# Easy algebra manipulation, example $x^3/(1+x^2)$

I guess this is really basic but have trouble following some algebraic manipulations on fractions.

For example with two cases $$\frac{x^3}{1+x^2}$$

is supposed to be: $$x -\frac{x}{1+x^2}$$

and this identity $$\frac{x^2}{1+x^2}$$

is supposed to the same as this: $$1 -\frac{1}{1+x^2}$$

Which steps do you come to these conclusions, my guess is that you add or multiply something to the nominator and denominator but what and what type steps and what type of thinking is behind?

Thanks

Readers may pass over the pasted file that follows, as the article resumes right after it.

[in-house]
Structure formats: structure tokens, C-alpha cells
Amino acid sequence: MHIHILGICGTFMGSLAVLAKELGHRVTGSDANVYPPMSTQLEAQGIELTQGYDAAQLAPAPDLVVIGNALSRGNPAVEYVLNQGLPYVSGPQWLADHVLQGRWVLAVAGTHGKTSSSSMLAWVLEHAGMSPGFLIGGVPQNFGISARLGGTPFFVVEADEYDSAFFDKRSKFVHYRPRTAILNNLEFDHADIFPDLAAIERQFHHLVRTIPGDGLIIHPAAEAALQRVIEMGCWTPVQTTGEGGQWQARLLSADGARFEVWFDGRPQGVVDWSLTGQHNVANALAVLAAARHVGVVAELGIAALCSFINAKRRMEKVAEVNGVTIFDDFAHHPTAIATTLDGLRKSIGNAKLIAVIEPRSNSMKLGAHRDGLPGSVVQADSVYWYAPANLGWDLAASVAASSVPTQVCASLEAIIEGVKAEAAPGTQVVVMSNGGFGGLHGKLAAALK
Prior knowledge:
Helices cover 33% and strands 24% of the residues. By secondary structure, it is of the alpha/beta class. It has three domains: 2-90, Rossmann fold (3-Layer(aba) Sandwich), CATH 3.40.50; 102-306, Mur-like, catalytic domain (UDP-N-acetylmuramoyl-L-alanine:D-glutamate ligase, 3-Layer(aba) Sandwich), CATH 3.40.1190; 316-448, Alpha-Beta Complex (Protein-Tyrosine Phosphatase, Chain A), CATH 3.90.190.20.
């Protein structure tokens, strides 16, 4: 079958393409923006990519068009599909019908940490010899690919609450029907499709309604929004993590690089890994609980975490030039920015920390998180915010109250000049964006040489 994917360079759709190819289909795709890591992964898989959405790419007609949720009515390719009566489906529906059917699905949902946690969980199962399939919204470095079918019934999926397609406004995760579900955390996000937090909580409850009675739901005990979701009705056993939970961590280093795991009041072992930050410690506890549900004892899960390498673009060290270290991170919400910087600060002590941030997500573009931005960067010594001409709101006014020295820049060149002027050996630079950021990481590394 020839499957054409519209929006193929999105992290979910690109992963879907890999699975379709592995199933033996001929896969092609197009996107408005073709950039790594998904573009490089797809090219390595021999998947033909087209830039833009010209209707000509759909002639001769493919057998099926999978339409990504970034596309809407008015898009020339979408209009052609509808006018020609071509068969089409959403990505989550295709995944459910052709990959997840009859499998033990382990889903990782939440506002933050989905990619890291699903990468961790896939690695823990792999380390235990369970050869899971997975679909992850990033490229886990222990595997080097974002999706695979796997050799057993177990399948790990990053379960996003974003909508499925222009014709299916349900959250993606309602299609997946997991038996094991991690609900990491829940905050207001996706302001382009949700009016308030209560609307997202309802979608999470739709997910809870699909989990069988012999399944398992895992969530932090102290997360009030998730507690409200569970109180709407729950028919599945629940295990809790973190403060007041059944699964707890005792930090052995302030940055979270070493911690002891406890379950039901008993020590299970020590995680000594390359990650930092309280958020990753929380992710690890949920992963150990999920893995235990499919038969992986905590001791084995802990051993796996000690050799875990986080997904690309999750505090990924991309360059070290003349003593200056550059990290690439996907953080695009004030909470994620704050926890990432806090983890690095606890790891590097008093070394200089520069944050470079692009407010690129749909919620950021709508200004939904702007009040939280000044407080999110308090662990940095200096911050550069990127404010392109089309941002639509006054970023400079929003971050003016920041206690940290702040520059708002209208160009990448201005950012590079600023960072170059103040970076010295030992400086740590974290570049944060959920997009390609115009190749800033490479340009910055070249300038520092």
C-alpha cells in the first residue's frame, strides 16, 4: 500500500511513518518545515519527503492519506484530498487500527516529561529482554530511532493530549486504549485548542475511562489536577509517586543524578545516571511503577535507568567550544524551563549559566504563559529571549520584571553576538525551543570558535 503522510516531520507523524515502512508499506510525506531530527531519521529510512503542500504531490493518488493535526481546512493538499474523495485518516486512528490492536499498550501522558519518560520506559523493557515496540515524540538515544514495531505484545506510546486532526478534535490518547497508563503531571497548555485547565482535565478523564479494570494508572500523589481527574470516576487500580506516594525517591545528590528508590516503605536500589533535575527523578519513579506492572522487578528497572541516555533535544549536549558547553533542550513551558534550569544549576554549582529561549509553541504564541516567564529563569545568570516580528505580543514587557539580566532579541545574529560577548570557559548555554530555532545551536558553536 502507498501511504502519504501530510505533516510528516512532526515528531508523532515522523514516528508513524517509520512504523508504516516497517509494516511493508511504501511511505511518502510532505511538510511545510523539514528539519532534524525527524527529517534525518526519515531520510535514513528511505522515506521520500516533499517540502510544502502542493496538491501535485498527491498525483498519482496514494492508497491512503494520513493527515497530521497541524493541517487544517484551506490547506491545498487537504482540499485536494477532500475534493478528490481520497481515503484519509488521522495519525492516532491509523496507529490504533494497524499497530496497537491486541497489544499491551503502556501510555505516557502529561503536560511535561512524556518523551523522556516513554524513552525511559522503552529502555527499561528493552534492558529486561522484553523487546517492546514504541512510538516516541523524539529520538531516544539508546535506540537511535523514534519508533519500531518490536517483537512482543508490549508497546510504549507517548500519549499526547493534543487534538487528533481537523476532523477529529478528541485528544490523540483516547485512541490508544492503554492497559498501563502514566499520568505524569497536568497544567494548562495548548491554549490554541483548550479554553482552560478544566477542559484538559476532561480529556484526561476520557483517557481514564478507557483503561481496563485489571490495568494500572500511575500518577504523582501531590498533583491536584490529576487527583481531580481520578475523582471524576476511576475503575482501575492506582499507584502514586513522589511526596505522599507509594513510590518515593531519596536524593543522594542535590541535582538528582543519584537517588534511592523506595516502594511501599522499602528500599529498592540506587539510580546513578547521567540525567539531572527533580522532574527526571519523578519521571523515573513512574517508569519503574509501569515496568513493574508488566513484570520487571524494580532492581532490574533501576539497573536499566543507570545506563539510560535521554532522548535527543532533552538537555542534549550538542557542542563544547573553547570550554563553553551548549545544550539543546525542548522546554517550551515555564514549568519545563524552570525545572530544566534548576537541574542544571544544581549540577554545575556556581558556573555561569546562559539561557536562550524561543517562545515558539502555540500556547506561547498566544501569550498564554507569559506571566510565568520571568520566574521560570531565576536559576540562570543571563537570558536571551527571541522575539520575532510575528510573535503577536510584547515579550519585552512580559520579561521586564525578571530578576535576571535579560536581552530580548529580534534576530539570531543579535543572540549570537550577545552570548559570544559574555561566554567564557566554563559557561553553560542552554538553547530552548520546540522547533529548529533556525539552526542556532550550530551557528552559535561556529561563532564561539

• As a last resort, you can do a polynomial division to get a quotient and a remainder: If $a = bq + r$, then $\frac{a}{b} = q + \frac{r}{b}$. That's how you write "improper" fractions as compound ones for integers, and it works for polynomials too. With practice however, you learn to do the division in your head - see the answers below. Commented Feb 8, 2019 at 16:44

Concerning the first example, note that\begin{align}\frac{x^3}{1+x^2}&=\frac{x+x^3-x}{1+x^2}\\&=\frac{x(1+x^2)}{1+x^2}-\frac x{1+x^2}\\&=x-\frac x{1+x^2}.\end{align}Can you deal with the other example now?
Write your term in the form $$\frac{x+x^3-x}{1+x^2}=\frac{x(1+x^2)-x}{1+x^2}=x-\frac{x}{1+x^2}$$